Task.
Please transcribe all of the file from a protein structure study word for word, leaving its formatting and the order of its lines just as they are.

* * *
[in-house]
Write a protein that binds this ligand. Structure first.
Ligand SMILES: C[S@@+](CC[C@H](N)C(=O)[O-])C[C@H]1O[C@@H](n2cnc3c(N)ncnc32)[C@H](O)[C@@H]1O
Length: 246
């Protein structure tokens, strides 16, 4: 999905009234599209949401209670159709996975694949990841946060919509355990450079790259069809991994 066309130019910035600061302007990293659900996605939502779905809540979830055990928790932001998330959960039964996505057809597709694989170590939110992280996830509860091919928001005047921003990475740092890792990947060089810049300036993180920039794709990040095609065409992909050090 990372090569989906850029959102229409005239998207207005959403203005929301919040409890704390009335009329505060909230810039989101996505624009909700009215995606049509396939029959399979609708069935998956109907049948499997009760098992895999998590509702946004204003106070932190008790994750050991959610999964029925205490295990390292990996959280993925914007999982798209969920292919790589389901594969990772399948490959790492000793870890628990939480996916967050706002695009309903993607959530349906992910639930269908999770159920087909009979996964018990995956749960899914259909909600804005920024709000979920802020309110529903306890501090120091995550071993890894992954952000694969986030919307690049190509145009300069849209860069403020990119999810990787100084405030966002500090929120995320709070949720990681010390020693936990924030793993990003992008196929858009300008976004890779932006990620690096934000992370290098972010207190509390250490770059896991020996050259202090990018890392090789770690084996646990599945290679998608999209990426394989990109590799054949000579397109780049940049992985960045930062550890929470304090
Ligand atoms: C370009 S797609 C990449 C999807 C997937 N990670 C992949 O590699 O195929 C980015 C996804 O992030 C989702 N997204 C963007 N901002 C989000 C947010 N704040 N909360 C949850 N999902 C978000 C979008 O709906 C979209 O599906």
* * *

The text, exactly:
[in-house]
Write a protein that binds this ligand. Structure first.
Ligand SMILES: C[S@@+](CC[C@H](N)C(=O)[O-])C[C@H]1O[C@@H](n2cnc3c(N)ncnc32)[C@H](O)[C@@H]1O
Length: 246
């Protein structure tokens, strides 16, 4: 999905009234599209949401209670159709996975694949990841946060919509355990450079790259069809991994 066309130019910035600061302007990293659900996605939502779905809540979830055990928790932001998330959960039964996505057809597709694989170590939110992280996830509860091919928001005047921003990475740092890792990947060089810049300036993180920039794709990040095609065409992909050090 990372090569989906850029959102229409005239998207207005959403203005929301919040409890704390009335009329505060909230810039989101996505624009909700009215995606049509396939029959399979609708069935998956109907049948499997009760098992895999998590509702946004204003106070932190008790994750050991959610999964029925205490295990390292990996959280993925914007999982798209969920292919790589389901594969990772399948490959790492000793870890628990939480996916967050706002695009309903993607959530349906992910639930269908999770159920087909009979996964018990995956749960899914259909909600804005920024709000979920802020309110529903306890501090120091995550071993890894992954952000694969986030919307690049190509145009300069849209860069403020990119999810990787100084405030966002500090929120995320709070949720990681010390020693936990924030793993990003992008196929858009300008976004890779932006990620690096934000992370290098972010207190509390250490770059896991020996050259202090990018890392090789770690084996646990599945290679998608999209990426394989990109590799054949000579397109780049940049992985960045930062550890929470304090
Ligand atoms: C370009 S797609 C990449 C999807 C997937 N990670 C992949 O590699 O195929 C980015 C996804 O992030 C989702 N997204 C963007 N901002 C989000 C947010 N704040 N909360 C949850 N999902 C978000 C979008 O709906 C979209 O599906």